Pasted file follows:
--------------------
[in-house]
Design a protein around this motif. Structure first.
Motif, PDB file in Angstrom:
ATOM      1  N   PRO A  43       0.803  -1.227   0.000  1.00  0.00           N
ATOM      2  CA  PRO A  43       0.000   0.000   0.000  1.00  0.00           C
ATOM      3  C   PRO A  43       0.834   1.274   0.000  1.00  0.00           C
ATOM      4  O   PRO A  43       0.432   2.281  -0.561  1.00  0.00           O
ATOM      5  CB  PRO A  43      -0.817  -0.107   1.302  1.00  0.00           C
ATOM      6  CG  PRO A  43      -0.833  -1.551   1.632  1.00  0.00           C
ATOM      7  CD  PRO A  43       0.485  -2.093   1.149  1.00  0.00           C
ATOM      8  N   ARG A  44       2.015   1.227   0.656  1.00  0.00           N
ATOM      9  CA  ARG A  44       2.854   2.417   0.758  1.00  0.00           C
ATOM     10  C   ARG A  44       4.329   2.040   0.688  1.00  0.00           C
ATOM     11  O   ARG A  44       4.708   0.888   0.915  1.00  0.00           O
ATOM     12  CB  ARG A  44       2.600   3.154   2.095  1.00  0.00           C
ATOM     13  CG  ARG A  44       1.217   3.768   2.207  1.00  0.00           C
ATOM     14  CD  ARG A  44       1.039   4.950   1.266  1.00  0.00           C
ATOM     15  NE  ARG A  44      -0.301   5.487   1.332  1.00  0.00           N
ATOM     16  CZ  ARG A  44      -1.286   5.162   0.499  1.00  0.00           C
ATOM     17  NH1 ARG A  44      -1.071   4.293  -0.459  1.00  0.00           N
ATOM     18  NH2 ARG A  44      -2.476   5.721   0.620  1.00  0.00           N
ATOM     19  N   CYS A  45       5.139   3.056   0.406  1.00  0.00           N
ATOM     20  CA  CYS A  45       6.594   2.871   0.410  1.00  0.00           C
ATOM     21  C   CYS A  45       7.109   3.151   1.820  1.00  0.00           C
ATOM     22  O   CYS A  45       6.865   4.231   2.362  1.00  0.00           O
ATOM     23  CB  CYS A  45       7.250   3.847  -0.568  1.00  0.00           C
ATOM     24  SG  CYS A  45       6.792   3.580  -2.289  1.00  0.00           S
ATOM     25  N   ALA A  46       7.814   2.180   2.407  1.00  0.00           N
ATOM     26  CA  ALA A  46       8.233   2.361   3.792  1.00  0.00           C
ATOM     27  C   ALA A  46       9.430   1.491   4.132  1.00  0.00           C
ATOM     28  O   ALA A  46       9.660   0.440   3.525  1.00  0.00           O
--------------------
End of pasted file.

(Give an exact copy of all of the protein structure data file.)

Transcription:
[in-house]
Design a protein around this motif. Structure first.
Motif, PDB file in Angstrom:
ATOM      1  N   PRO A  43       0.803  -1.227   0.000  1.00  0.00           N
ATOM      2  CA  PRO A  43       0.000   0.000   0.000  1.00  0.00           C
ATOM      3  C   PRO A  43       0.834   1.274   0.000  1.00  0.00           C
ATOM      4  O   PRO A  43       0.432   2.281  -0.561  1.00  0.00           O
ATOM      5  CB  PRO A  43      -0.817  -0.107   1.302  1.00  0.00           C
ATOM      6  CG  PRO A  43      -0.833  -1.551   1.632  1.00  0.00           C
ATOM      7  CD  PRO A  43       0.485  -2.093   1.149  1.00  0.00           C
ATOM      8  N   ARG A  44       2.015   1.227   0.656  1.00  0.00           N
ATOM      9  CA  ARG A  44       2.854   2.417   0.758  1.00  0.00           C
ATOM     10  C   ARG A  44       4.329   2.040   0.688  1.00  0.00           C
ATOM     11  O   ARG A  44       4.708   0.888   0.915  1.00  0.00           O
ATOM     12  CB  ARG A  44       2.600   3.154   2.095  1.00  0.00           C
ATOM     13  CG  ARG A  44       1.217   3.768   2.207  1.00  0.00           C
ATOM     14  CD  ARG A  44       1.039   4.950   1.266  1.00  0.00           C
ATOM     15  NE  ARG A  44      -0.301   5.487   1.332  1.00  0.00           N
ATOM     16  CZ  ARG A  44      -1.286   5.162   0.499  1.00  0.00           C
ATOM     17  NH1 ARG A  44      -1.071   4.293  -0.459  1.00  0.00           N
ATOM     18  NH2 ARG A  44      -2.476   5.721   0.620  1.00  0.00           N
ATOM     19  N   CYS A  45       5.139   3.056   0.406  1.00  0.00           N
ATOM     20  CA  CYS A  45       6.594   2.871   0.410  1.00  0.00           C
ATOM     21  C   CYS A  45       7.109   3.151   1.820  1.00  0.00           C
ATOM     22  O   CYS A  45       6.865   4.231   2.362  1.00  0.00           O
ATOM     23  CB  CYS A  45       7.250   3.847  -0.568  1.00  0.00           C
ATOM     24  SG  CYS A  45       6.792   3.580  -2.289  1.00  0.00           S
ATOM     25  N   ALA A  46       7.814   2.180   2.407  1.00  0.00           N
ATOM     26  CA  ALA A  46       8.233   2.361   3.792  1.00  0.00           C
ATOM     27  C   ALA A  46       9.430   1.491   4.132  1.00  0.00           C
ATOM     28  O   ALA A  46       9.660   0.440   3.525  1.00  0.00           O